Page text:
The Journal of general virology

Influenza A virus utilizes a suboptimal Kozak sequence to fine-tune virus replication and host response.

PMID 25519170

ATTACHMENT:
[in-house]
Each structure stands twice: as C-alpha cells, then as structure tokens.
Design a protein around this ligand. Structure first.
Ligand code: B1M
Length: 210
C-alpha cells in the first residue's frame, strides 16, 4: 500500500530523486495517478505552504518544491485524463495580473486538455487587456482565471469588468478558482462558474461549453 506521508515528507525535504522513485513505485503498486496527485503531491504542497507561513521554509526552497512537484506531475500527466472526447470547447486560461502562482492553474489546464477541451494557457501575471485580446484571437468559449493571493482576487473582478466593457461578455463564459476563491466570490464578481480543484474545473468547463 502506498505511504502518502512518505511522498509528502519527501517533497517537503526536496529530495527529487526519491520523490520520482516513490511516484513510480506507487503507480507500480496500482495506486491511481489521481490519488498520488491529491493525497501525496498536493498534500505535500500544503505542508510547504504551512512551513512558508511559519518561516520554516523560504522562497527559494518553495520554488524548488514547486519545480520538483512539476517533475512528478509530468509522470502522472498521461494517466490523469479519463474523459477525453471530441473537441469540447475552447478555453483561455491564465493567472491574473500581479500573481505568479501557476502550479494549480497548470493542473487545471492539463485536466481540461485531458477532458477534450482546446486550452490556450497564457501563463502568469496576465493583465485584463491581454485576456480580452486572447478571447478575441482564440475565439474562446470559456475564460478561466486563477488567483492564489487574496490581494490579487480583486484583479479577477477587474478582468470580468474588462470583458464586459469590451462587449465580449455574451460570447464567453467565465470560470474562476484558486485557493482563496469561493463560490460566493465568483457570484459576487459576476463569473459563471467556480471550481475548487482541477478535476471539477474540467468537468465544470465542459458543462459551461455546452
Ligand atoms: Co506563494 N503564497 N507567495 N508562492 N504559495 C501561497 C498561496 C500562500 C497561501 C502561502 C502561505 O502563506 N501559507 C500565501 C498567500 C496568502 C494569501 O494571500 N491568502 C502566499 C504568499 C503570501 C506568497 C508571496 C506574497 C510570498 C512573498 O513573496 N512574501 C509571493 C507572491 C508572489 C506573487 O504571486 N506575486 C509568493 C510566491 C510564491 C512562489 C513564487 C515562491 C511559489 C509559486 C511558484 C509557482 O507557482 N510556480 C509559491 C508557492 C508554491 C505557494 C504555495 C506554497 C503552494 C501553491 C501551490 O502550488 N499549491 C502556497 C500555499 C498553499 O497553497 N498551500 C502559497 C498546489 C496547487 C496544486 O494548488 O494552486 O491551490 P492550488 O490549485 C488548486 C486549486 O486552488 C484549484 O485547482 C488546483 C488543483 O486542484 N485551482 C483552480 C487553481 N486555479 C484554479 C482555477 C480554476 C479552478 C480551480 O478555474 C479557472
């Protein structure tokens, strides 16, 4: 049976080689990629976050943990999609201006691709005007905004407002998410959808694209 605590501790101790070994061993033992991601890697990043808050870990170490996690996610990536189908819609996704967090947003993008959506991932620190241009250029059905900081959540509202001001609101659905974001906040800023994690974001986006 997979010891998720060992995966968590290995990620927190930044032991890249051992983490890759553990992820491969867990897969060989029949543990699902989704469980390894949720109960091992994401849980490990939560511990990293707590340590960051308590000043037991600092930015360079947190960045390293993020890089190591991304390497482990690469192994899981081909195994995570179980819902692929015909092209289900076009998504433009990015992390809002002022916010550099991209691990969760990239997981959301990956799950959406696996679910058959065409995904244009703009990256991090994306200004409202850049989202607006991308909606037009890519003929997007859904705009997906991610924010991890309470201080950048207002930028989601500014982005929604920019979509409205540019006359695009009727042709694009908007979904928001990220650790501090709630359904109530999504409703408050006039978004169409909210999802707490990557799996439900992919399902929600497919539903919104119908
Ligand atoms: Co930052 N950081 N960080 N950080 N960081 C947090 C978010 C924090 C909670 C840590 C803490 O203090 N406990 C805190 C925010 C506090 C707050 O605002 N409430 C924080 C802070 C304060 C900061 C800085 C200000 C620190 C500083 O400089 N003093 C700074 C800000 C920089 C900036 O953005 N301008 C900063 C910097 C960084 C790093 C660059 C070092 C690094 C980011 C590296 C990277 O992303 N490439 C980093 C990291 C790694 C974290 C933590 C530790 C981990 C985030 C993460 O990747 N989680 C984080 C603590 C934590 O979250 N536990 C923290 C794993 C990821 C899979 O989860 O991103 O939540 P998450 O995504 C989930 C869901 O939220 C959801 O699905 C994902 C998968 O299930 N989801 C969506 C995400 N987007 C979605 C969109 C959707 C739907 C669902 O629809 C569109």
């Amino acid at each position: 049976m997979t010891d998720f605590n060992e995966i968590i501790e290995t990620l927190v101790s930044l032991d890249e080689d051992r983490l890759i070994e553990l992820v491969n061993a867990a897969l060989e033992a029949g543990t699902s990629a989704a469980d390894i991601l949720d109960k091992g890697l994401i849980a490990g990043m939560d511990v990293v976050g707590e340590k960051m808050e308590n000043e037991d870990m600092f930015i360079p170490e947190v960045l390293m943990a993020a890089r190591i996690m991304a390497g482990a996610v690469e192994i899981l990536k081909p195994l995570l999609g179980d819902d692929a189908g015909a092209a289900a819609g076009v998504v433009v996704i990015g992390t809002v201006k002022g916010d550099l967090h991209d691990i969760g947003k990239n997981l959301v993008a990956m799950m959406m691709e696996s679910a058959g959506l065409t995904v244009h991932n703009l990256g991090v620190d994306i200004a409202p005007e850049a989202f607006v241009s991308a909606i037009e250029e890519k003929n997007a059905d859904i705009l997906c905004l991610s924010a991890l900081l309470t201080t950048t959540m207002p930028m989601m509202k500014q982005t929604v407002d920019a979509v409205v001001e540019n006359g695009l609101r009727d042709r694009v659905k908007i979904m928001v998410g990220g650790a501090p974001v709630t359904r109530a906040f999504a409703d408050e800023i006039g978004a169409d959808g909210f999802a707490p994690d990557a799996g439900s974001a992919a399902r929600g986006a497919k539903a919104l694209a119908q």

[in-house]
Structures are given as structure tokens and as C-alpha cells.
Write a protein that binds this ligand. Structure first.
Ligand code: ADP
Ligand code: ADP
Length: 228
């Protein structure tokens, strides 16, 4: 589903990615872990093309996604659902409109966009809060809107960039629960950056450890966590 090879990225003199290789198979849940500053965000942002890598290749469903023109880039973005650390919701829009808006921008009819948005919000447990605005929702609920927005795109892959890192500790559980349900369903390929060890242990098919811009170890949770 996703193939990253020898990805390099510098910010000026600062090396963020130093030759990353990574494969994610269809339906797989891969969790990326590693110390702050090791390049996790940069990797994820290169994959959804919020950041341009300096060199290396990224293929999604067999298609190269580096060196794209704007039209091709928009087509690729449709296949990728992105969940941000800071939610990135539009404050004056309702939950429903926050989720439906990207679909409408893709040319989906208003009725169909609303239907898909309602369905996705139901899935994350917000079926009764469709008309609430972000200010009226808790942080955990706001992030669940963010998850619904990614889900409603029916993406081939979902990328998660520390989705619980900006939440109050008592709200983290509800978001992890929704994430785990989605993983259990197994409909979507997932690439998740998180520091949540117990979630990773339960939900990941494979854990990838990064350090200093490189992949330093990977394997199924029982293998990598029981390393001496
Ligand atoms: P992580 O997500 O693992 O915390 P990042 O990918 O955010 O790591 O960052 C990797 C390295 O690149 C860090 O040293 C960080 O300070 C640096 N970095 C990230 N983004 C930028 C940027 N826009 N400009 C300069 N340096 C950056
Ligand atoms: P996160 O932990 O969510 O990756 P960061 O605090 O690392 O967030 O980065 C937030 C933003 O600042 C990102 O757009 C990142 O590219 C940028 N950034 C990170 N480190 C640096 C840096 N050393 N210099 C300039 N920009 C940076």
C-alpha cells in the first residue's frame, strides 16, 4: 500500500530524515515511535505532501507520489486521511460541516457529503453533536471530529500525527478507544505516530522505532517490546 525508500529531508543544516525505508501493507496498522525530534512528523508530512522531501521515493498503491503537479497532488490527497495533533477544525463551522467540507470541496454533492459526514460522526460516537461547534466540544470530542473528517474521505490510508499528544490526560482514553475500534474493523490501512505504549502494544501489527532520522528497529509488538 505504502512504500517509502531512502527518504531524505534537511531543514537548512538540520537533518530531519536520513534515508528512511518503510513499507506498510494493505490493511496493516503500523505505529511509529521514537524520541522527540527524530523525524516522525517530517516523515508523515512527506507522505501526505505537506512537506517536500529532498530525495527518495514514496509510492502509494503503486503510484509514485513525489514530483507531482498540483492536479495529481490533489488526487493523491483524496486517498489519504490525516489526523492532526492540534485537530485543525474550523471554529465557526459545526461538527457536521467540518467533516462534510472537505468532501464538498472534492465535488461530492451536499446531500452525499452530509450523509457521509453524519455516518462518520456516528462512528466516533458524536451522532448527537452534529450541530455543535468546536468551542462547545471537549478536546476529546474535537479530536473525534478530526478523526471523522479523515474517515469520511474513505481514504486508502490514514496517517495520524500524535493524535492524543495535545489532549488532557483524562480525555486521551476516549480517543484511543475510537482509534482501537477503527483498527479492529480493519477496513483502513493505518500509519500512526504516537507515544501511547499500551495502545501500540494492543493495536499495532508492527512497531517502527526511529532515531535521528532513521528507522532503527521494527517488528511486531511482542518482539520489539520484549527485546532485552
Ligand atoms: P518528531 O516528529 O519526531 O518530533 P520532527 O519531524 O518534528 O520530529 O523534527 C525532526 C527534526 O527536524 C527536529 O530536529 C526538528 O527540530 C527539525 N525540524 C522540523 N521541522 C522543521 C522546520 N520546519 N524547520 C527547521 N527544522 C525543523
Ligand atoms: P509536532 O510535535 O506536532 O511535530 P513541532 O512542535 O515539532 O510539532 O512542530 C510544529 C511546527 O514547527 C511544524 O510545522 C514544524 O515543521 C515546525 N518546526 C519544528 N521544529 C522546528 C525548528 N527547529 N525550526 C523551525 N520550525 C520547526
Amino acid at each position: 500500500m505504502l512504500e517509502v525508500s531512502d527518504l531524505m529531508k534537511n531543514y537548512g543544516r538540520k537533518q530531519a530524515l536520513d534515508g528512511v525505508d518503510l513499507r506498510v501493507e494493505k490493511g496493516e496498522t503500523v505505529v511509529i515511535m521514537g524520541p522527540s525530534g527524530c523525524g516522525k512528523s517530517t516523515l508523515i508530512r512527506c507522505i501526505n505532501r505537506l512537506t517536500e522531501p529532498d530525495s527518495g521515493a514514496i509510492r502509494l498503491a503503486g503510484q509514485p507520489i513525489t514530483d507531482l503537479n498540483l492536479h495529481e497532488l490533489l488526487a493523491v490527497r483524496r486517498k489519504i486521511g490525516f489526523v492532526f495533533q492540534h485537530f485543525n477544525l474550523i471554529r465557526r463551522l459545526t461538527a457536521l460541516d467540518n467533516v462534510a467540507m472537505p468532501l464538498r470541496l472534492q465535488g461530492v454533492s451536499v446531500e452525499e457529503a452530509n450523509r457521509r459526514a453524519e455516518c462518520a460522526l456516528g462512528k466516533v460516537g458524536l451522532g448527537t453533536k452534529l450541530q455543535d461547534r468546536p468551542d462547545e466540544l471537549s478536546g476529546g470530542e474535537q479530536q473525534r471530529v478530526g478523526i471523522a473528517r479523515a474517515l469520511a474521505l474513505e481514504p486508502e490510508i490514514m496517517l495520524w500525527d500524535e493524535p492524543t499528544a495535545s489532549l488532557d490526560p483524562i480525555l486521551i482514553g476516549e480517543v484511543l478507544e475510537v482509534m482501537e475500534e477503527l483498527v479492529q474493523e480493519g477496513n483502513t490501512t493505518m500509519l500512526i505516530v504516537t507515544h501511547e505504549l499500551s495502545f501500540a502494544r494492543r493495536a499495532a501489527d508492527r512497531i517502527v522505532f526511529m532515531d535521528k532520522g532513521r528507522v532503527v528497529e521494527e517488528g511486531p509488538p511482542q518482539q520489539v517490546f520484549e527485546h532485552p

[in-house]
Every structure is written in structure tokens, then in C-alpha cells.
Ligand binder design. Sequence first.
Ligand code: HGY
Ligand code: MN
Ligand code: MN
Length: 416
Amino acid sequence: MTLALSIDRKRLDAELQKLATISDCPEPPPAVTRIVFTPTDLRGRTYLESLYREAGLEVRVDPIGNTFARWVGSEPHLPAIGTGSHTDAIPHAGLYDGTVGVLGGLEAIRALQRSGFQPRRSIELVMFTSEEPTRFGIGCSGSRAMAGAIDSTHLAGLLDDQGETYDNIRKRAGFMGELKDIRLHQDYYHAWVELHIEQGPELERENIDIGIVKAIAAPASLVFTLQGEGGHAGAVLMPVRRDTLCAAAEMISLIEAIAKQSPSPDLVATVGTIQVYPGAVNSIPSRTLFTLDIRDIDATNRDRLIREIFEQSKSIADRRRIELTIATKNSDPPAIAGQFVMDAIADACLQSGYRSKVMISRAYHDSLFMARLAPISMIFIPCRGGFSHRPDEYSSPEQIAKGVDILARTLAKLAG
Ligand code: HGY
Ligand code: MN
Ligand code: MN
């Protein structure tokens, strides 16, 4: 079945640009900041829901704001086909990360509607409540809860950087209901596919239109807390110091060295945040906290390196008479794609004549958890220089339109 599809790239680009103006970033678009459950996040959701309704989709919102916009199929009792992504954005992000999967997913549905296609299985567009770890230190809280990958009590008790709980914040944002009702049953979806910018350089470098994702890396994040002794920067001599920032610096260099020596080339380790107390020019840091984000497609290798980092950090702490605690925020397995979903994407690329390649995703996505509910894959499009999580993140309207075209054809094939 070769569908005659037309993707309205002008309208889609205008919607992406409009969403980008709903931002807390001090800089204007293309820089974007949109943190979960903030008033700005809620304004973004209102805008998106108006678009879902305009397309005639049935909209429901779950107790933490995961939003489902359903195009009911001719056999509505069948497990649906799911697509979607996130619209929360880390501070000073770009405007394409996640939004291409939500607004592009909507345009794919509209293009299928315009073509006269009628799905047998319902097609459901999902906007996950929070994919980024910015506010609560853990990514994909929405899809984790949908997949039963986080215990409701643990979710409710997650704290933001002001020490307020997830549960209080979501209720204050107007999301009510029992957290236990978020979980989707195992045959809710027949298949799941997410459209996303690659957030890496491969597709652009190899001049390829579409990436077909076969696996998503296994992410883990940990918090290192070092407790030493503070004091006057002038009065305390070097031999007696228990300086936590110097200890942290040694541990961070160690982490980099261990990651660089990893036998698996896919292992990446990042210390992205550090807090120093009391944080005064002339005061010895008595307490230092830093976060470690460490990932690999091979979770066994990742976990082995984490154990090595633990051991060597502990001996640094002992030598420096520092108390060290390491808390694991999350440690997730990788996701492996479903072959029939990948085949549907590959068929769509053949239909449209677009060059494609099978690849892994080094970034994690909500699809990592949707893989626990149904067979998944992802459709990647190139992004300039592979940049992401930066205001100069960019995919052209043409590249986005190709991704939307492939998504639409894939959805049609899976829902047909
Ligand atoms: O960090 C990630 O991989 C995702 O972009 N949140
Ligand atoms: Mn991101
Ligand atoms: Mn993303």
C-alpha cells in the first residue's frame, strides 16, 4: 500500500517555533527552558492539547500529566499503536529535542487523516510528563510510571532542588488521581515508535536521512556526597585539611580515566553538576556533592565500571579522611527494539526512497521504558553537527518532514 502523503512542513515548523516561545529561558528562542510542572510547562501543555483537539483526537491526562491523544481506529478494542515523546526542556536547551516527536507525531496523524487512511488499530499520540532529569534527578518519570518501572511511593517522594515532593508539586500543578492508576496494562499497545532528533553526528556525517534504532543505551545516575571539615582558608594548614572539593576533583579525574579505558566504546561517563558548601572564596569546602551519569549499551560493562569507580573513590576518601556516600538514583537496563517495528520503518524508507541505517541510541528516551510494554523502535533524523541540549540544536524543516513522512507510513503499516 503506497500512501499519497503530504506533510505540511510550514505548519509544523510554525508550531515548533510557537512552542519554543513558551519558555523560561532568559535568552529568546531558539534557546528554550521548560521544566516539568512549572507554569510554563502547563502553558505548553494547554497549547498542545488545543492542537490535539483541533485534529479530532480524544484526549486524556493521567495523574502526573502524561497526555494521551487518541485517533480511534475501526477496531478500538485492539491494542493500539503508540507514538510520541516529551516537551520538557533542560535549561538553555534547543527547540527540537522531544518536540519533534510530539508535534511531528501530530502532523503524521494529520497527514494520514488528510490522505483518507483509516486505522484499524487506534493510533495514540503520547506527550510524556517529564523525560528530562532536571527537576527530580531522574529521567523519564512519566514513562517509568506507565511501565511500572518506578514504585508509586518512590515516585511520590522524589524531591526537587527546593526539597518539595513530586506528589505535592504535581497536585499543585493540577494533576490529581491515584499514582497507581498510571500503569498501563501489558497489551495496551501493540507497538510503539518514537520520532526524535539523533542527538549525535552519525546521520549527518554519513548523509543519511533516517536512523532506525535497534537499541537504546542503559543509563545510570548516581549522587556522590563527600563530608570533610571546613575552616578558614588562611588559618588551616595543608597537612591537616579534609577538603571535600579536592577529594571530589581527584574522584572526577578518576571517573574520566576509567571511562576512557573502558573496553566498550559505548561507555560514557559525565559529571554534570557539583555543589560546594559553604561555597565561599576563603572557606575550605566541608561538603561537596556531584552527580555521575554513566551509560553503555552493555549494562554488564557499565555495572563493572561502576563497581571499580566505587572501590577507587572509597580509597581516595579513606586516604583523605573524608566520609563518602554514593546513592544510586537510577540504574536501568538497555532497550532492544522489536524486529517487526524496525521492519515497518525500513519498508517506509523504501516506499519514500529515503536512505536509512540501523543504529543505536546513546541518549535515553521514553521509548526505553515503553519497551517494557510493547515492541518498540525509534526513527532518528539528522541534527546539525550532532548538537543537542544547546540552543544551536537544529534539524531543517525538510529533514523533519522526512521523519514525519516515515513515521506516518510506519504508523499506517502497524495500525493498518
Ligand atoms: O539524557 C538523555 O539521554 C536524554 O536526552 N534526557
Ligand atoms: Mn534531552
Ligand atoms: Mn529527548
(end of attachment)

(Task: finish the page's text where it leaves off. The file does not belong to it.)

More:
The segment-specific non-coding regions (NCRs) of influenza A virus RNA genome play important roles in controlling viral RNA transcription, replication and genome packaging. In this report, we present, for the first time to our knowledge, a full view of the segment-specific NCRs of all influenza A viruses by bioinformatics analysis. Our systematic functional analysis revealed that the eight segment-specific NCRs identified could differentially regulate viral RNA synthesis and protein expression at both transcription and translation levels. Interestingly, a highly conserved suboptimal nucleotide at -3 position of the Kozak sequence, which downregulated protein expression at the translation level, was only present in the segment-specific NCR of PB1. By reverse genetics, we demonstrate that recombinant viruses with an optimized Kozak sequence at the -3 position in PB1 resulted in a significant multiple-cycle replication reduction that was independent of PB1-F2 expression. Our detailed dynamic analysis of virus infection revealed that the mutant virus displays slightly altered dynamics from the wild-type virus on both viral RNA synthesis and protein production. Furthermore, we demonstrated that the level of PB1 expression is involved in regulating type I IFN production. Together, these data reveal a novel strategy exploited by influenza A virus to fine-tune virus replication dynamics and host antiviral response through regulating PB1 protein expression.